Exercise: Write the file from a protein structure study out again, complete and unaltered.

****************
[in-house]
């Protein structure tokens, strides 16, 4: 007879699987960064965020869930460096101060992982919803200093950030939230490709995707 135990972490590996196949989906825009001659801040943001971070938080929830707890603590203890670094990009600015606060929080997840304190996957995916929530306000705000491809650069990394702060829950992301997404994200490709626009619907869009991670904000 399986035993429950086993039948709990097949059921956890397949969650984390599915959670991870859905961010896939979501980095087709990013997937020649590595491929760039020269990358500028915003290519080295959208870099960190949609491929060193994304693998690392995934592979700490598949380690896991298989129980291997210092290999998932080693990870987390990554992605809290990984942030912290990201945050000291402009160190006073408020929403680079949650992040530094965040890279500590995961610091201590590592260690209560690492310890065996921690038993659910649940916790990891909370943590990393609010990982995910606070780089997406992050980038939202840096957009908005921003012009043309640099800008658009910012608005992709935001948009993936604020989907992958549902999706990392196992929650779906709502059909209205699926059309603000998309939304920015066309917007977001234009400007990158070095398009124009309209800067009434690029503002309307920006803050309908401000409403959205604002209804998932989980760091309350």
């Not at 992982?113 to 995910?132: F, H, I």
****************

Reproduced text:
[in-house]
């Protein structure tokens, strides 16, 4: 007879699987960064965020869930460096101060992982919803200093950030939230490709995707 135990972490590996196949989906825009001659801040943001971070938080929830707890603590203890670094990009600015606060929080997840304190996957995916929530306000705000491809650069990394702060829950992301997404994200490709626009619907869009991670904000 399986035993429950086993039948709990097949059921956890397949969650984390599915959670991870859905961010896939979501980095087709990013997937020649590595491929760039020269990358500028915003290519080295959208870099960190949609491929060193994304693998690392995934592979700490598949380690896991298989129980291997210092290999998932080693990870987390990554992605809290990984942030912290990201945050000291402009160190006073408020929403680079949650992040530094965040890279500590995961610091201590590592260690209560690492310890065996921690038993659910649940916790990891909370943590990393609010990982995910606070780089997406992050980038939202840096957009908005921003012009043309640099800008658009910012608005992709935001948009993936604020989907992958549902999706990392196992929650779906709502059909209205699926059309603000998309939304920015066309917007977001234009400007990158070095398009124009309209800067009434690029503002309307920006803050309908401000409403959205604002209804998932989980760091309350």
């Not at 992982?113 to 995910?132: F, H, I």